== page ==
"Recentering: Asian Spaces, Cultures and Ideas in the 21st Century"
March 30 – April 01, 2018 | Hyōgo Prefectural Museum of Art & Art Center Kobe, Kobe, Japan
If globalisation is characterised by simultaneous networks of information, has the concept of centres become obsolete? Or do certain recent geopolitical developments – the fading of America’s “global leadership” being counterbalanced by the rise of China’s, the latter’s new Belt and Road Initiative promising to become a new Silk Road, Britain’s exit from the EU, and the newly proposed trade agreements between Japan and Europe – put the world on the verge of a radical recentering? Will the burgeoning mega-cities in Asia displace the traditional nation-state in the competition for capital, status and enhanced technologies?
Scholars and students of the humanities have long questioned the extent to which shifts in formations of power – empires, countries, regions, cities – resonate through cultural practices that centre on literary and aesthetic meaning, expression and representation. This provokes further questions about how such centres can be identified, defined and represented; and about their relations of other types and modes of centering. Is cultural prestige dependent on political centrality? Or can it be achieved through the circulation of forms and aesthetics that operate in their own economy? For that matter, what is central to its meanings and valuations of culture?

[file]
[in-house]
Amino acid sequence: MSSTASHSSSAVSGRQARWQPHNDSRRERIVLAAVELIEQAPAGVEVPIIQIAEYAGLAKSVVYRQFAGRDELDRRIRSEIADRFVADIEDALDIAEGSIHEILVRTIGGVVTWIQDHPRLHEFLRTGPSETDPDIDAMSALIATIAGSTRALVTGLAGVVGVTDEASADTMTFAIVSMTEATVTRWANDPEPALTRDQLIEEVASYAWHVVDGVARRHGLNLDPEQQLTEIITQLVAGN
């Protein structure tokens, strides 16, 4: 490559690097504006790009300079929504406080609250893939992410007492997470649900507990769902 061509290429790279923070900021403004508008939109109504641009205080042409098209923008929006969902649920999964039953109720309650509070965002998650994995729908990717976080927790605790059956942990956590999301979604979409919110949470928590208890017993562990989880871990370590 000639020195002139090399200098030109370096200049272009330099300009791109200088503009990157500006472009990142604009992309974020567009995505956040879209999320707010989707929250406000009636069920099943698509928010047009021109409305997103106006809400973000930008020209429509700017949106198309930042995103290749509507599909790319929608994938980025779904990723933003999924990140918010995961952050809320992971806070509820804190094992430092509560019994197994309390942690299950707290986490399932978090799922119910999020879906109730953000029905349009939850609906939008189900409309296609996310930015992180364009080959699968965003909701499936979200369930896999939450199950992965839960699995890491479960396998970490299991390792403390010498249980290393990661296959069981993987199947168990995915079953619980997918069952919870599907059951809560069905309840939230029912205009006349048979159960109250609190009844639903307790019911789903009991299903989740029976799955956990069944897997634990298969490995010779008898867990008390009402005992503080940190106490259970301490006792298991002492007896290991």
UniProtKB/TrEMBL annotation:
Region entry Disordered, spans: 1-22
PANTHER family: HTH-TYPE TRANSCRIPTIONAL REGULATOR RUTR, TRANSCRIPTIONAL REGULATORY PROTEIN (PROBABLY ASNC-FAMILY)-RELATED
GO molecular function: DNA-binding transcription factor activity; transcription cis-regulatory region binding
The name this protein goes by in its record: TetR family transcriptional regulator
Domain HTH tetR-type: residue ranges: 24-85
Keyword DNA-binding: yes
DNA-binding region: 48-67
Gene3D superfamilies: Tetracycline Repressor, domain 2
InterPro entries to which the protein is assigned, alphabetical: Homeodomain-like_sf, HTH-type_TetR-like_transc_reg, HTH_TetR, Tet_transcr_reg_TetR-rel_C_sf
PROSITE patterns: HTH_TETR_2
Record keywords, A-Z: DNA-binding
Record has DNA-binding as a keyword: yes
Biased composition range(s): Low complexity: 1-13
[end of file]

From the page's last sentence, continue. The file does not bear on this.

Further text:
What of the humanities themselves? Fears of their marginalisation are based on the assumption that they were once central, and that the only way to restore their former authority is to argue against their subordination to scientific, technological or vocational forms of education. Can the humanities find new life in multi- or cross-disciplinary frameworks? How can they survive the dominant trend towards more marketable or “useful” forms of education? What is central to the humanities? Should older disciplines such as Literature and Aesthetics reinvent themselves as it be Cultural Studies? Or should they now concentrate on comprehending their own historical genealogies in relation to current scholarly practices?